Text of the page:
Protection of personal data in internal investigations | In Principle

Go to content
Subscribe to newsletter
In principle newsletter subscription form

Protection of personal data in internal investigations

Poland’s data protection regulations do not directly address internal investigations, but that does not mean they do not apply. In fact they can play a major role in drawing the line between lawful and unlawful investigative measures.

A necessary element of internal investigations is analysis of documents and correspondence of persons working in the company or other organisation being investigated. Depending on the purpose for which it was decided to launch the investigation, the scope of docu­ments may be broad enough to cover not only documents in the traditional sense of the term but also data stored in servers and in individual users’ computers (including email), as well as data from company-owned phones and other mobile devices.

Unavoidably, such data sets contain a range of personal data, from the names of individuals to the IP addresses from which they logged onto the company server.

The general rules that must be complied with for personal data to be processed in accor­dance with the law also apply to processing of personal data in internal investigations, regardless of whether the investigation is pre­ventive in nature or is carried out due to the existence of an actual incident posing a threat to the organisation. Personal data may be processed only when at least one of the conditions set forth in Art. 23 of the Personal Data Protection Act is met (or Art. 27 with respect to sensitive data, i.e. data related to individuals’ health, criminal record, religious affiliation, or several other categories of infor­mation identified in the act).

It may be recognised that two of the condi­tions in these regulations for processing of personal data also apply in the case of internal investigations. The first is the requirement of the consent of the data subject (except for deletion of data, for which consent is not required). Consent must be given voluntarily. The second condition is that the processing of data must be necessary to achieve legally justified purposes of the data controller, with­out infringing the rights and freedoms of the data subjects.

Obtaining the consent of all the interested persons can be difficult from an organisa­tional point of view. Asking for consent may also compromise the element of confiden­tiality essential for the investigation and allow some to eliminate traces of unlawful behav­iour. An additional issue arises out of the special nature of the relationship between employer and employee. Consent to process­ing of personal data given by an employee, regarded as the weaker party to the employ­ment relationship and in a position of dependence on the employer, throws into question the employee’s freedom in this respect, and hence the legality of the process­ing of the employee’s personal data based on such consent. Theoretically, if the employee has complete freedom in deciding to give consent and could refuse to give consent without facing any negative consequences, such consent could sanction the legality of processing of the employee’s personal data. (A similar view has been taken by the European Commission’s Art. 29 Working Party on Data Protection and in rulings by Poland’s administrative courts.) In practice, however, if a dispute arises it may be difficult to prove that the employee freely consented to processing of his or her personal data in this context.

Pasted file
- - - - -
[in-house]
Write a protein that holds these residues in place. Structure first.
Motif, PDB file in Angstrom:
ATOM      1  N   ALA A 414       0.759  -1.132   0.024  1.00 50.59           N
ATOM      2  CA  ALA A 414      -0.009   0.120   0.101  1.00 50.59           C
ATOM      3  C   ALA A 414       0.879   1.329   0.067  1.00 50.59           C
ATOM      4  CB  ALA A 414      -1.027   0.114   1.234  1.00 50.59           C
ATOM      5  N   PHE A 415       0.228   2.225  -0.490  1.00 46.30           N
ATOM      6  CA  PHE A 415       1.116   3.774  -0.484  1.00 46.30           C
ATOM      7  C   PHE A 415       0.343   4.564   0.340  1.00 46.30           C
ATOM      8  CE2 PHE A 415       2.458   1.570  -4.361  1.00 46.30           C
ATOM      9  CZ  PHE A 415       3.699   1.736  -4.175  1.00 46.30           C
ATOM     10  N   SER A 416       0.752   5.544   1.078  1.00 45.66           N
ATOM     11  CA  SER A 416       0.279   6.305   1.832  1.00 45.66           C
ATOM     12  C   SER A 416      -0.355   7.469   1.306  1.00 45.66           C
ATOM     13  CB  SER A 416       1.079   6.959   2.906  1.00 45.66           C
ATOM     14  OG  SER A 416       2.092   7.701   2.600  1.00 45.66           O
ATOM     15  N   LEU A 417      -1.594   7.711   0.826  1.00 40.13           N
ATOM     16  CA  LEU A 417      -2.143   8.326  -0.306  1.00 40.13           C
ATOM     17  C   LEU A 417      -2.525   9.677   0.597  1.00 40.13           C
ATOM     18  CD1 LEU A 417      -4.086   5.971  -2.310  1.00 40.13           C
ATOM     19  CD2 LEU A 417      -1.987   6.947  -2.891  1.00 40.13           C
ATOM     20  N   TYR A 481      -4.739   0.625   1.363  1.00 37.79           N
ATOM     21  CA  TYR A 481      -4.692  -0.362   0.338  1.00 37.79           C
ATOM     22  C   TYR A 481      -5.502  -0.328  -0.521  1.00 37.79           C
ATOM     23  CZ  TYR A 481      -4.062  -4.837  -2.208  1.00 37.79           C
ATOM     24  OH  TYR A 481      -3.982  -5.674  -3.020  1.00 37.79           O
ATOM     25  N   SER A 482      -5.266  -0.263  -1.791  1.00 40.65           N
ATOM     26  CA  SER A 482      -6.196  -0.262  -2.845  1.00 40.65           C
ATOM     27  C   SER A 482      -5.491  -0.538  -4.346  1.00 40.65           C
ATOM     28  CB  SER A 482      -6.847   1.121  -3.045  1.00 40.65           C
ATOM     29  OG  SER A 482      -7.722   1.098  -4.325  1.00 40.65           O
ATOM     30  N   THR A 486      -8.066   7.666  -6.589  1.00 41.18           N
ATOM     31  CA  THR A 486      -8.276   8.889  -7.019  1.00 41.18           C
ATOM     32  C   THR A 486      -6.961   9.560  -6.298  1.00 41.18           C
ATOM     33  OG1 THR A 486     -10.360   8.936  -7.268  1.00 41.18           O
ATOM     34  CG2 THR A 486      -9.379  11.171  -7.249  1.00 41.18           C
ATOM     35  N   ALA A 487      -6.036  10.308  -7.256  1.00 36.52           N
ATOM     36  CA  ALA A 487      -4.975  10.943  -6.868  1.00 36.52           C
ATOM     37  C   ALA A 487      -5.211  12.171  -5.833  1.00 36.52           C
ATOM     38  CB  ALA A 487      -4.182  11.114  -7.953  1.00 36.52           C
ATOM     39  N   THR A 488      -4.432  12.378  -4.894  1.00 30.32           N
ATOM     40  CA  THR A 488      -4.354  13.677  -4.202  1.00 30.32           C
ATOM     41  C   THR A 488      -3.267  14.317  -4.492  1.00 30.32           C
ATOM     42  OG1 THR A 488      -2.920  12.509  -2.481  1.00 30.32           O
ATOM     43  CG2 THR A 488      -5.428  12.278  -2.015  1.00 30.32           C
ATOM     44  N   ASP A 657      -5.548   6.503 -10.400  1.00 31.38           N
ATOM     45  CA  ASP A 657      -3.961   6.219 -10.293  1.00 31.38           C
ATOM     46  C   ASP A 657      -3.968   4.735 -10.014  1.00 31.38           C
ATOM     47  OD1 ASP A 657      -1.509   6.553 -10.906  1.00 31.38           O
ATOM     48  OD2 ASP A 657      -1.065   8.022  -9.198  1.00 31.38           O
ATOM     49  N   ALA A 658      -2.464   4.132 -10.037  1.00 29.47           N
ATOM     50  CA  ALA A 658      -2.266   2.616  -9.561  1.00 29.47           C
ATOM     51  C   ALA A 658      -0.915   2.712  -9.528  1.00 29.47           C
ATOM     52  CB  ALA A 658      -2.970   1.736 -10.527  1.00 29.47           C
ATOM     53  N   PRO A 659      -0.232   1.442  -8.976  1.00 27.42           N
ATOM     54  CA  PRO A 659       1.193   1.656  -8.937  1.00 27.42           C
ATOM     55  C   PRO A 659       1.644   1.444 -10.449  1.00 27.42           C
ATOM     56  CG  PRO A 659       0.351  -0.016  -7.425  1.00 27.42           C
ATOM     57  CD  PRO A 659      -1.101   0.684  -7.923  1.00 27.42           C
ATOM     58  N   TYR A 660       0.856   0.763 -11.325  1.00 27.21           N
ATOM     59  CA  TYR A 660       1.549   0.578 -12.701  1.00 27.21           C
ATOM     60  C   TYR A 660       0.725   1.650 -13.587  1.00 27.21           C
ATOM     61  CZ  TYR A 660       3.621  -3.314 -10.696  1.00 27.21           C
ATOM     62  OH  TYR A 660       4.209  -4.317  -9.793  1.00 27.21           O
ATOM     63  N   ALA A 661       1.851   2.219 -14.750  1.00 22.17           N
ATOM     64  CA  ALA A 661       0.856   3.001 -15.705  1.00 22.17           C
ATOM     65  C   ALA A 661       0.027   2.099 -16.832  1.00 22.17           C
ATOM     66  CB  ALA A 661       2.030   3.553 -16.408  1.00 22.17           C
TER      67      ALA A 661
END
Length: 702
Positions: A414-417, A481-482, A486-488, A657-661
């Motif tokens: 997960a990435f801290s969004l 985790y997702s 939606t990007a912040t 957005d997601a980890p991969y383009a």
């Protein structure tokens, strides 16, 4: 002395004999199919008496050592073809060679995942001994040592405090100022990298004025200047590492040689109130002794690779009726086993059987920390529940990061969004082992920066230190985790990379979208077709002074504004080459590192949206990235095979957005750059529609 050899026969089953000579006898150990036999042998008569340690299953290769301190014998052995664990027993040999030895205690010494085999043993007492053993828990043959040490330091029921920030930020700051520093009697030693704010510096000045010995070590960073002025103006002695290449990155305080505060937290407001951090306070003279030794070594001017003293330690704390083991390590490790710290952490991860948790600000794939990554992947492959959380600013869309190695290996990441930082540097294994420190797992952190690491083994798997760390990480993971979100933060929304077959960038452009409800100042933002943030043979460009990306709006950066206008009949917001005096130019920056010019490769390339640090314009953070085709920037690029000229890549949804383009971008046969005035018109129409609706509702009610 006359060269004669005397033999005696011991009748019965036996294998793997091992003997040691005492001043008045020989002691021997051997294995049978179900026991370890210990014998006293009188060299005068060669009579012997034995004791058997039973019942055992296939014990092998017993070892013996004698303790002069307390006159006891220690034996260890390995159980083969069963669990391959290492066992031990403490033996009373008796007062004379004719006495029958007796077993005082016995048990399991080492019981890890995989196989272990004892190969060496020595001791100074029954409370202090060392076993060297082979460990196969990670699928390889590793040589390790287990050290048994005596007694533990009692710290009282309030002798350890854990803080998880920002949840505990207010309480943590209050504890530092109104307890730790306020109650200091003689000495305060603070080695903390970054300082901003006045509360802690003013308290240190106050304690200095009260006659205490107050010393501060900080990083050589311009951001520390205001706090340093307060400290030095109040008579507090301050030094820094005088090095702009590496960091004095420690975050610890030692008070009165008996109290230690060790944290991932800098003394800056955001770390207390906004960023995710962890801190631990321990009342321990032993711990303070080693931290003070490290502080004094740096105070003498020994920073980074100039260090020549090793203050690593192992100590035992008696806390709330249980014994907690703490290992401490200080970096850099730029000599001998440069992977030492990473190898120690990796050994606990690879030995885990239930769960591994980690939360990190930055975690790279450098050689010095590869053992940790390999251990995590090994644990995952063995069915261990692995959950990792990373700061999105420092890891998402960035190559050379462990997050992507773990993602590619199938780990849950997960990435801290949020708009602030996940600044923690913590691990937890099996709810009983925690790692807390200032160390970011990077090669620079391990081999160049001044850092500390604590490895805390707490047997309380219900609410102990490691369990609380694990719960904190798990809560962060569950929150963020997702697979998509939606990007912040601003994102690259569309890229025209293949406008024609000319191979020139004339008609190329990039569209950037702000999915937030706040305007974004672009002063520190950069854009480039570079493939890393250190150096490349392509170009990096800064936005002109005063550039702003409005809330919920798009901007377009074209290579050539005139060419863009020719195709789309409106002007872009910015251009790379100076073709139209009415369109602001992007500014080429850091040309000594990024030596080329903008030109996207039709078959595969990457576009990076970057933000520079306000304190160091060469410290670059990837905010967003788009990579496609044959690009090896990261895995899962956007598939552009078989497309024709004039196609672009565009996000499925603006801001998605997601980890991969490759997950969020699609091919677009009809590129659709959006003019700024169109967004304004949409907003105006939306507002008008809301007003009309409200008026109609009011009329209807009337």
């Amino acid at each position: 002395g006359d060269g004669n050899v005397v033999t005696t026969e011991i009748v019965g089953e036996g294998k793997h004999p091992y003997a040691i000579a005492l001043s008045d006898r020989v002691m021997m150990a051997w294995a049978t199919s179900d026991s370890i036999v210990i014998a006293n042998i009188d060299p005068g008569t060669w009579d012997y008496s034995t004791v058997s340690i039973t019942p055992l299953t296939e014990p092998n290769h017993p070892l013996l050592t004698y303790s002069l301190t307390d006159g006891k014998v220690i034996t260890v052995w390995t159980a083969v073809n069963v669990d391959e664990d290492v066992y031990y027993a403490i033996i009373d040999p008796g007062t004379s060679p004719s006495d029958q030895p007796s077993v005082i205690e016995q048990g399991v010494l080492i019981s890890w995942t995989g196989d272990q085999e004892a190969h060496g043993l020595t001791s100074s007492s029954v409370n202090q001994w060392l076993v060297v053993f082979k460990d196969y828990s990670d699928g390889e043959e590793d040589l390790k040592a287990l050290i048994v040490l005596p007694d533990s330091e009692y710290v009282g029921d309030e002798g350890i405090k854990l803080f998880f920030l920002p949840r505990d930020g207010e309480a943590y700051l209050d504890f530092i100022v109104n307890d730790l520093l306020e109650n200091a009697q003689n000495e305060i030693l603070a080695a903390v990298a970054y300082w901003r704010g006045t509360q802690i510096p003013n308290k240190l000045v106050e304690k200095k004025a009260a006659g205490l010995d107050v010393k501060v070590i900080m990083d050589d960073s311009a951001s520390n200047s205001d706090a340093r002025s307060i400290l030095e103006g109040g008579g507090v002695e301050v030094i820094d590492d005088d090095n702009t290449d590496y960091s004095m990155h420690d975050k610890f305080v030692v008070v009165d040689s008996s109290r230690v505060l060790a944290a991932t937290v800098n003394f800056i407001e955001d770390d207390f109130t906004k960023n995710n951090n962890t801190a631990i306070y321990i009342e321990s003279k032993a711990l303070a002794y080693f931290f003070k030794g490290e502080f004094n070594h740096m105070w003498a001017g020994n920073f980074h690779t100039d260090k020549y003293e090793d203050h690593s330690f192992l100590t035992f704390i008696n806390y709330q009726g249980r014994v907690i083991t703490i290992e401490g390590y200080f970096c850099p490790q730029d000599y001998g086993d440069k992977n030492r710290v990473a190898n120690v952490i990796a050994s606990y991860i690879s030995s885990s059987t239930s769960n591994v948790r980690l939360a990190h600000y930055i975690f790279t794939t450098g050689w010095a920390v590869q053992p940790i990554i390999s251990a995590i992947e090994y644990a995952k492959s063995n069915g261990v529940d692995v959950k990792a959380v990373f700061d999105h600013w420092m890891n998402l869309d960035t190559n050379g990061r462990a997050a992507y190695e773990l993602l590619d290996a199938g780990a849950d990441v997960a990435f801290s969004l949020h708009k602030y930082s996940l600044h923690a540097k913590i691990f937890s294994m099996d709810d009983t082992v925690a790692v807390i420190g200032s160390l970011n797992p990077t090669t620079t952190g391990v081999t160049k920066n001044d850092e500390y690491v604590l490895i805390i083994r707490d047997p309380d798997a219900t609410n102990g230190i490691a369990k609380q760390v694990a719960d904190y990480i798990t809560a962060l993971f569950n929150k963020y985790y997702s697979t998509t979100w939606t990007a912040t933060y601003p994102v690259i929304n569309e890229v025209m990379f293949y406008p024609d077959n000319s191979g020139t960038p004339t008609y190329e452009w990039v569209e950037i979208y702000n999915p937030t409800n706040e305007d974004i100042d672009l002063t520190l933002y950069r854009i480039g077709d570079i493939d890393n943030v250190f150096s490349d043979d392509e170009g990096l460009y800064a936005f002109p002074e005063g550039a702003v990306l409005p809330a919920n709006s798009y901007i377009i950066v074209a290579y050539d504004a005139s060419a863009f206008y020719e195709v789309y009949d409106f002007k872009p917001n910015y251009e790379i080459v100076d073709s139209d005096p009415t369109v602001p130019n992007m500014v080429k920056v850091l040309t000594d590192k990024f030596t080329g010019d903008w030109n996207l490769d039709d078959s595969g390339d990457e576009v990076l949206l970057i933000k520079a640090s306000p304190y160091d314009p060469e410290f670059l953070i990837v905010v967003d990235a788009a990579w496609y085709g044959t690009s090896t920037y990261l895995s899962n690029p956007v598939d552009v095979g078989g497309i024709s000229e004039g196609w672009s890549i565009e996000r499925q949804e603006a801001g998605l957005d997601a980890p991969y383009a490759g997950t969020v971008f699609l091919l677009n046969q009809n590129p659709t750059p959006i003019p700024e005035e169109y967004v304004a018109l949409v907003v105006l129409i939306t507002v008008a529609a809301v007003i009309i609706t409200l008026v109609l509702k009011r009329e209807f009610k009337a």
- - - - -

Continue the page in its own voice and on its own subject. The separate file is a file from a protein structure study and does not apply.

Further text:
In addition, there is a use limitation principle in force which requires the data controller to obtain consent also in the event that consent was given before but the purpose originally given for collecting the data did not include internal investigations. In that case it is recommended to obtain consent of the data subjects for the change in the purpose of the data processing.

An alternative basis for processing of personal data in an internal investigation could be derived from the legally justified purposes pursued by the data controller. The Personal Data Protection Act provides two examples of legally justified purposes: direct marketing of the data controller’s own products and enforcement of claims arising out of the data controller’s own business. However, the concept of “justified purpose” as such is not defined in the act.

In practice, the concept of a legally justified purpose of the data controller is interpreted broadly. In employment aspects, it is cited as the basis sanctioning monitoring of employ­ees in the workplace, including monitoring of employees’ use of IT systems and devices belonging to the employer (as the data controller).

Lawfully introduced monitoring of employees may prove to be an incredibly valuable tool when it becomes necessary to conduct an internal investigation, particularly when time is of the essence. Employee monitoring must not only be conducted in compliance with the law (including the Personal Data Protection Act), but must also meet the requirements of a justified purpose and the principle of proportionality. It must also fulfil the require­ment of transparency. This means that employees should be aware that they are subject to monitoring, and under what rules, and the rules must be defined in detail. Con­ducting monitoring of staff without inform­ing them in advance—even if there is a legally justified purpose—will violate the employee’s right to privacy, and in conse­quence the personal data will be processed without a proper basis.

Agnieszka Szydlik, Katarzyna Żukowska, Personal Data Protection Practice, Wardyński & Partners